Urinary incontinence and how to deal with it

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Various conditions might lower the quality of life in older adults. One such problem is urinary incontinence (UI). UI is any involuntary leakage of urine. It affects about 30-60% of women and 10-35% of men aged 65 years and older. It can often be cured or controlled. Therefore, it is crucial to seek medical care if you are dealing with UI.

Our body stores urine in the bladder (a hollow organ in the lower abdomen). During urination, the bladder muscles contract to move urine into the urethra. Meanwhile, the muscles around the urethra relax, which lets the urine pass out of the body. When those muscles are not functioning correctly, urine leakage may happen. UI usually occurs if the muscles relax uncontrollably. This can happen for multiple reasons, for example, urinary tract infections, vaginal infections, or constipation. UI can also develop because the nerves that control the bladder are damaged from diseases like diabetes, multiple sclerosis, or Parkinson’s disease. In men, blockage from an enlarged prostate may cause the condition.

There are different types of UI, most common of which are stress incontinence, urge incontinence, overflow incontinence, and functional incontinence. Stress incontinence occurs during activities that increase intraabdominal pressure: coughing, sneezing, lifting weights, or some exercises. Urge incontinence happens when a patient cannot hold their urine long enough to get to the toilet. It can be an issue for people who have Alzheimer’s disease, Parkinson’s disease, multiple sclerosis, or diabetes. Overflow incontinence is characterized by an overly full bladder, even if the person does not feel the urge to urinate. It can happen because of spinal cord injuries or if an enlarged prostate blocks the urethra in men. Functional incontinence is the type of UI that is not related to bladder function but rather occurs in people who have trouble getting to the toilet because of other kinds of disorders.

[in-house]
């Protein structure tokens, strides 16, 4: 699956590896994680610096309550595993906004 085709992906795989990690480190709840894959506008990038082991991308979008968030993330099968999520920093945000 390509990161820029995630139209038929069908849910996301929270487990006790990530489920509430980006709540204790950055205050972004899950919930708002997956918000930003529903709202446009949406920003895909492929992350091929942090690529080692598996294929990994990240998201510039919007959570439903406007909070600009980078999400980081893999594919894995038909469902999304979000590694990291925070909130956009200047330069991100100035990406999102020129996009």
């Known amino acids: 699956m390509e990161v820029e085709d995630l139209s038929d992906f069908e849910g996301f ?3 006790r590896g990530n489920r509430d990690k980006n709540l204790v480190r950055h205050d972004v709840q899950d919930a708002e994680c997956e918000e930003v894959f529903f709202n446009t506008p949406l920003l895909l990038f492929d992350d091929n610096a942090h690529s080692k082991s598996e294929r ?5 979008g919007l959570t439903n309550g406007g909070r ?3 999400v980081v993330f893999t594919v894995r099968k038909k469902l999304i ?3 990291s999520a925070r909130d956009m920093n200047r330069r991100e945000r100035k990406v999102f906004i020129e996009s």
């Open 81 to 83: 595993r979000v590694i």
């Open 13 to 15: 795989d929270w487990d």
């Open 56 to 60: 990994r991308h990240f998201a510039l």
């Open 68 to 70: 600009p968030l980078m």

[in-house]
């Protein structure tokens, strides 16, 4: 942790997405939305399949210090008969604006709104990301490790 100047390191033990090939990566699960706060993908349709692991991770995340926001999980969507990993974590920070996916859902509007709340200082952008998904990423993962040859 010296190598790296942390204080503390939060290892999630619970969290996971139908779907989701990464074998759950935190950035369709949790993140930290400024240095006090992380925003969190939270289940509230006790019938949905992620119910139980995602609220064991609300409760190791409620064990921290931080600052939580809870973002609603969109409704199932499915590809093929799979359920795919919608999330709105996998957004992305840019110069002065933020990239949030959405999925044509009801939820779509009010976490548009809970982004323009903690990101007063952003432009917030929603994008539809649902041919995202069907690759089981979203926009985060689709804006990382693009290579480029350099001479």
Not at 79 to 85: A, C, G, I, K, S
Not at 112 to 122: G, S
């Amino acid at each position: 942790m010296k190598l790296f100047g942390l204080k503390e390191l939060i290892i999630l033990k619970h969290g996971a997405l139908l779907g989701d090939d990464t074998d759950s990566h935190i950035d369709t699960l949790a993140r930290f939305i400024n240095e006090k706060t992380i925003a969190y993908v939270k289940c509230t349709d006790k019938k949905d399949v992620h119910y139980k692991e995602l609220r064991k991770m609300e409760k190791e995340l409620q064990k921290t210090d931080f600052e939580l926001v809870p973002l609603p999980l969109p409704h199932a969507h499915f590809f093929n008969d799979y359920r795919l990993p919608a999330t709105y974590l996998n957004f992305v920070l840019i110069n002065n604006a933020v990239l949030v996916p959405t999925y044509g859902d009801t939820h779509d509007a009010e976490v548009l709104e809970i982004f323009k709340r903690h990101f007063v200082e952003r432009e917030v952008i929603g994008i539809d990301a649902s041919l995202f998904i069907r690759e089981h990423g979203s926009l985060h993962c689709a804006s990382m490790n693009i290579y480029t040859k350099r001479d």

These days, there are many treatments available to UI patients. The treatment choice depends on the type of UI, the severity of the condition, and some other factors. Behavioral treatments improve incontinence by developing muscle control and strength and assisting the patient in changing behavior. Most programs include various components such as bladder-control strategies, pelvic floor muscle exercises, bladder training, fluid management, caffeine reduction, weight loss, or other changes in lifestyle. For patients with both dementia and UI, a behavioral program of prompted voiding (for example, every couple hours while awake) can effectively reduce incontinence. These methods have shown to be effective in reducing leakage by 50-80% in older adults.

There are also several types of medicine that can be used for UI treatment. The drug of choice depends on the initial cause of the condition. Accurate diagnosis is crucial for achieving the best results. In addition, some devices are as well available for managing the condition. For example, men with UI can use penile clamps or collection devices such as condom catheters. For women, it was demonstrated that pessaries are as effective as pelvic floor muscle exercise therapy. Surgical intervention is another method for achieving the result. It may include mid-urethral slings or artificial urinary sphincter implants, as well as some other types of surgical procedures.

Urinary incontinence is a very common issue among older adults. Even though aging is correlated with decreasing functionality of some organs and muscles, UI should not be considered inevitable. UI can and should be treated to avoid any complications and related issues.


Sources:
1. National Institute of Aging
2. Mount Sinai Journal of Medicine

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